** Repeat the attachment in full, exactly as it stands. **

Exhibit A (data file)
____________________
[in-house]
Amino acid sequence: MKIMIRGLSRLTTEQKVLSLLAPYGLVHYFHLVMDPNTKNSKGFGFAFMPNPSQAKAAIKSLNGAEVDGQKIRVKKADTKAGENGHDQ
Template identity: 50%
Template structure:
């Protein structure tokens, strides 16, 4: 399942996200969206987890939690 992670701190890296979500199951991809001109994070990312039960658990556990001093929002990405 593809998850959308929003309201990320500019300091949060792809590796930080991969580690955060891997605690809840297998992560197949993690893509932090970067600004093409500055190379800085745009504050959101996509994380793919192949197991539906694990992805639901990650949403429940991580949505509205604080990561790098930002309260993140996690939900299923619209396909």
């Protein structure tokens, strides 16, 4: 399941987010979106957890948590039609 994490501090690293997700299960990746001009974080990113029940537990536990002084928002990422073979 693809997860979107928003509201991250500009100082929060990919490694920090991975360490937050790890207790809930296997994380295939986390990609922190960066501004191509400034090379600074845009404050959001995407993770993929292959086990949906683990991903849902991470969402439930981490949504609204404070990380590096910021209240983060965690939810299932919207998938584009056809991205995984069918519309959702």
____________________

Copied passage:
[in-house]
Amino acid sequence: MKIMIRGLSRLTTEQKVLSLLAPYGLVHYFHLVMDPNTKNSKGFGFAFMPNPSQAKAAIKSLNGAEVDGQKIRVKKADTKAGENGHDQ
Template identity: 50%
Template structure:
């Protein structure tokens, strides 16, 4: 399942996200969206987890939690 992670701190890296979500199951991809001109994070990312039960658990556990001093929002990405 593809998850959308929003309201990320500019300091949060792809590796930080991969580690955060891997605690809840297998992560197949993690893509932090970067600004093409500055190379800085745009504050959101996509994380793919192949197991539906694990992805639901990650949403429940991580949505509205604080990561790098930002309260993140996690939900299923619209396909």
């Protein structure tokens, strides 16, 4: 399941987010979106957890948590039609 994490501090690293997700299960990746001009974080990113029940537990536990002084928002990422073979 693809997860979107928003509201991250500009100082929060990919490694920090991975360490937050790890207790809930296997994380295939986390990609922190960066501004191509400034090379600074845009404050959001995407993770993929292959086990949906683990991903849902991470969402439930981490949504609204404070990380590096910021209240983060965690939810299932919207998938584009056809991205995984069918519309959702």